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When Amy Yoffe first learned that she tested positive for a BRCA1 gene mutation, she felt an overwhelming need to “take action”. She wasn’t quite sure what that action would be, but she knew it was important to regain a sense of control. She thought about her great-grandmother who died of breast cancer at age 35, leaving behind her four-year-old grandmother and her four young children. She thought about her grandmother, diagnosed with ovarian cancer at just 24 years old, and then breast cancer at age 65, again at 70, and colon cancer at 75. She wondered what decisions she needed to make in order to reduce her own cancer risk and who would be there to help guide and support her as she made those decisions. Then, Amy was introduced to Brenda Lam, who invited her to a FORCE meeting in Los Angeles. At this meeting, she met women who were educating themselves on how to manage and reduce their cancer risk while supporting one another in the process. She quickly decided to have an oophorectomy, followed by a double mastectomy with reconstruction. She felt empowered by FORCE to make educated decisions and find healthcare providers who understood how to manage her risk. She also discovered that she would have support every step of the way.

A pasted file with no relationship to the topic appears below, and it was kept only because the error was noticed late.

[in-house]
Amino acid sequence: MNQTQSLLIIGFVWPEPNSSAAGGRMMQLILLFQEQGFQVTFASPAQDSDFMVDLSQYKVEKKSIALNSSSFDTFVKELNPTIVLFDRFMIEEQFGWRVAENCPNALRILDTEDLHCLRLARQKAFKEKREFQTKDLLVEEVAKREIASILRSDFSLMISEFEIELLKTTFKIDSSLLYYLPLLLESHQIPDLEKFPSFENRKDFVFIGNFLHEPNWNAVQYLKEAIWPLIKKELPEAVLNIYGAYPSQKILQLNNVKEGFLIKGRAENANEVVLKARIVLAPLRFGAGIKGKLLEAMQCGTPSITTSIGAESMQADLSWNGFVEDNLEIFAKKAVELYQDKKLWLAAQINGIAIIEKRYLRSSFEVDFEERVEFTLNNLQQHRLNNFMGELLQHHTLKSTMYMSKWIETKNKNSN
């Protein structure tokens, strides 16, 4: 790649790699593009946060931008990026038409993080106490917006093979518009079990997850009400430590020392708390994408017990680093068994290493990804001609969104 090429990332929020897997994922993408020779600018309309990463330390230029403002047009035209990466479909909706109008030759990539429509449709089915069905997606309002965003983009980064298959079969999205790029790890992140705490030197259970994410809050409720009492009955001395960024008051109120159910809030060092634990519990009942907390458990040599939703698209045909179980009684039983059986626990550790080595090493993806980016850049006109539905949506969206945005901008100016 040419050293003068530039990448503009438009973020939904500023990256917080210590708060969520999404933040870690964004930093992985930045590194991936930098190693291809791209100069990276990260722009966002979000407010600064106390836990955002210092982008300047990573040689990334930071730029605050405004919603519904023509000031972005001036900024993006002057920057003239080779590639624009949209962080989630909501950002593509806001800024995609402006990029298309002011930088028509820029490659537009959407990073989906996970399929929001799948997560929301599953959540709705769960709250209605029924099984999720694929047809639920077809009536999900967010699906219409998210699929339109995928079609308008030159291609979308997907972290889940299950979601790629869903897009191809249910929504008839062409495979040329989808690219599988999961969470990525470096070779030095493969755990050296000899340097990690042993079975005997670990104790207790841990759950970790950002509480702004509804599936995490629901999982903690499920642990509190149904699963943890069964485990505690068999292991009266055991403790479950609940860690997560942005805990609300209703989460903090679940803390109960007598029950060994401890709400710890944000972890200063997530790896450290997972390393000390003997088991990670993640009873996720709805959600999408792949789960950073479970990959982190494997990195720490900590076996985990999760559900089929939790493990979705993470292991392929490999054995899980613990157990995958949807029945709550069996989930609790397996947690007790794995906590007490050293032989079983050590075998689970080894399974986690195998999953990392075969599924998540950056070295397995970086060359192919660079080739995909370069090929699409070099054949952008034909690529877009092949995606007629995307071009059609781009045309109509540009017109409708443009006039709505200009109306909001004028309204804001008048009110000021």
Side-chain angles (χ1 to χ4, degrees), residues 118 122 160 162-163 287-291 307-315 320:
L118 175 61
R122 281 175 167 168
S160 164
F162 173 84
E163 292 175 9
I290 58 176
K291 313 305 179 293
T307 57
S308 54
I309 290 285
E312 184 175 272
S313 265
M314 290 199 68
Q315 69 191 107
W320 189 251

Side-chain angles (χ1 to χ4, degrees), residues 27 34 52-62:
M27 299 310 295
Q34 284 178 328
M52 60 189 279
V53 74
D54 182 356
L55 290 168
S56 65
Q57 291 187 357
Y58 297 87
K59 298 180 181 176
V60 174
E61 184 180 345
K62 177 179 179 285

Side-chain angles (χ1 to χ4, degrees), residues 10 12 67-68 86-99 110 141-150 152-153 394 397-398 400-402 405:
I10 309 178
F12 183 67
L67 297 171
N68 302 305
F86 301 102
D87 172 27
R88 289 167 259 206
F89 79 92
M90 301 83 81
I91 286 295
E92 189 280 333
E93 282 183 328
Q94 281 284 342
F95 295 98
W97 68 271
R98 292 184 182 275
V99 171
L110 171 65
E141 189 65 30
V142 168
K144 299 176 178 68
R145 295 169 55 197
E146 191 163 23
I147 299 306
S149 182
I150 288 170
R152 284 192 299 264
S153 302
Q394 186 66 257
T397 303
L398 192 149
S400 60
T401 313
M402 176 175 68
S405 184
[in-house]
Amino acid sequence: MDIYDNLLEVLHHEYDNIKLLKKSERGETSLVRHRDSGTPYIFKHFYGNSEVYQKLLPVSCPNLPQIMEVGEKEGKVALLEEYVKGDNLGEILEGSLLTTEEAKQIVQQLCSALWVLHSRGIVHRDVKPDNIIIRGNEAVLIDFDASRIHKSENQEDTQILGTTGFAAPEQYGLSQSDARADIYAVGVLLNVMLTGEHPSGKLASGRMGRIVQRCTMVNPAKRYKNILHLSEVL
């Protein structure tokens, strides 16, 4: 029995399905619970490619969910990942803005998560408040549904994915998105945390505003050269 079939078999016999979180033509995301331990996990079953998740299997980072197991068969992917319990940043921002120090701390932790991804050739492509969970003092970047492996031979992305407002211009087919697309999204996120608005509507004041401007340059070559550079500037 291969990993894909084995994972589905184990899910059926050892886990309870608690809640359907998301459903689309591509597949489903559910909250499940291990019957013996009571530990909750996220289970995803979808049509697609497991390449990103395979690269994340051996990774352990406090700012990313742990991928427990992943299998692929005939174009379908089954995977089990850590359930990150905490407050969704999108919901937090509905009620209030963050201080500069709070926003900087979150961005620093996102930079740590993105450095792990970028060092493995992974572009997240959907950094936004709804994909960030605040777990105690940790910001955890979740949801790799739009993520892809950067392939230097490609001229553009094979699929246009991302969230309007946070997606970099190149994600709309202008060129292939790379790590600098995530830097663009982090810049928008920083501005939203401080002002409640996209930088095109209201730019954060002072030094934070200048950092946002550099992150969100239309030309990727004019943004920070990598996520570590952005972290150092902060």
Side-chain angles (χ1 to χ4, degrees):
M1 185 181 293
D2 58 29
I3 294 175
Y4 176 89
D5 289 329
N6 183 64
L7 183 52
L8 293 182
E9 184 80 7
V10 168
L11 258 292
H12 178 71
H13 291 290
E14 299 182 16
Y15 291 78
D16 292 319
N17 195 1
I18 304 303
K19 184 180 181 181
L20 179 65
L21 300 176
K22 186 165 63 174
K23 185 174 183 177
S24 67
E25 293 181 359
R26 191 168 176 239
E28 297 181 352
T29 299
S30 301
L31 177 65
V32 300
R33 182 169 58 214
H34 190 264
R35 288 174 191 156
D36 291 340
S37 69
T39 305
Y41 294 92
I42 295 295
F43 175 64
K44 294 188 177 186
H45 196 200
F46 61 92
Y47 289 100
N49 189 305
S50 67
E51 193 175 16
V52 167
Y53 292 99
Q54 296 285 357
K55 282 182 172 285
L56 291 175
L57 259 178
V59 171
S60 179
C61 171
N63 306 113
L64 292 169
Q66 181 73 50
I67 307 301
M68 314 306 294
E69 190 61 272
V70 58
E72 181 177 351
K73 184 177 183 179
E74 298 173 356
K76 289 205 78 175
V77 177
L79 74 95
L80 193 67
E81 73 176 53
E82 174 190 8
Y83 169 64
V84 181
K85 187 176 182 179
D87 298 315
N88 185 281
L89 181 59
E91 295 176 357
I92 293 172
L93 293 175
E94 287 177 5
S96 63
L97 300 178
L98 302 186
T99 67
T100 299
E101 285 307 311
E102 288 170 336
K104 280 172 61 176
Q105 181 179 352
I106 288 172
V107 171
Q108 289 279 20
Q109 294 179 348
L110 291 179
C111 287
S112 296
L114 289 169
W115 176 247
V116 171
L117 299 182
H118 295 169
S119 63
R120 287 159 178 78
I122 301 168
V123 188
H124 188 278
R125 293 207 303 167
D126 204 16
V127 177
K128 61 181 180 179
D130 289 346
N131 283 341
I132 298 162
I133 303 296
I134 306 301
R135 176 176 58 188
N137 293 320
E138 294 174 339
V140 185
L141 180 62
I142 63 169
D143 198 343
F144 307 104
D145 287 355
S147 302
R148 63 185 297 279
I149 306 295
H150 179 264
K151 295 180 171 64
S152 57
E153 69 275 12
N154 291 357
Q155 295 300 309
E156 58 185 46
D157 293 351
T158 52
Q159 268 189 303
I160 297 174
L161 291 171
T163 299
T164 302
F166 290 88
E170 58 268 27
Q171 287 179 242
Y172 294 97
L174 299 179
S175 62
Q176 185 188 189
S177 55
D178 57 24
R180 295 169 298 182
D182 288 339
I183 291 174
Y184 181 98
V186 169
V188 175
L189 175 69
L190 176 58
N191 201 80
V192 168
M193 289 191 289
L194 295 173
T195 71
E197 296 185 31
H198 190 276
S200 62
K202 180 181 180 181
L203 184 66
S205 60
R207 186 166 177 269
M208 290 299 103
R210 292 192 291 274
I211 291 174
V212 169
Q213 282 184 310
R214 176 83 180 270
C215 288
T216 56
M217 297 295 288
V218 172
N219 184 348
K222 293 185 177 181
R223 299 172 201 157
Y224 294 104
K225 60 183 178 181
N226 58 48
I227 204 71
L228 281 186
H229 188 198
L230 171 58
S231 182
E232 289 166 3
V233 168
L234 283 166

FORCE inspired Amt to pay it forward by starting the West Valley/Ventura Support Group in 2011. She was then joined by Brenda Lam and Marlene Cunningham, who have brought their own moving stories and experiences that make their team complete. Brenda had no family history of cancer until her sister was diagnosed with breast cancer at age 42. This led to the discovery that Brenda and several of her family members carry a BRCA2 gene mutation. Since this discovery, her family has been affected by both pancreatic and primary peritoneal cancer. Brenda has had a total hysterectomy, is doing breast surveillance, and recently began a surveillance protocol for pancreatic cancer.
Marlene’s decision to test for a BRCA mutation was driven by her mother’s breast cancer diagnosis at the young age of 27, with a recurrence 10 years later and a current diagnosis of uterine cancer. In 2009, Marlene learned that she carries a BRCA1 mutation and she scheduled a prophylactic double mastectomy to reduce her breast cancer risk. A few days after her surgery, her surgical oncologist called to tell her that the pathology report showed early stage, triple negative breast cancer. It was very unexpected news and a tremendous validation that she made to right decision.
Each of their stories is unique, and they reflect the diversity in the journeys of those who attend our support meetings. They are fortunate to have built relationships with doctors and genetic counselors in the community who are an integral part of our network. They also enjoy meeting for coffee with individuals who are unable to come to their meetings but are in need of support. FORCE has made such a difference in their lives and as outreach leader volunteers they want to be sure that nobody has to walk this hereditary cancer journey alone.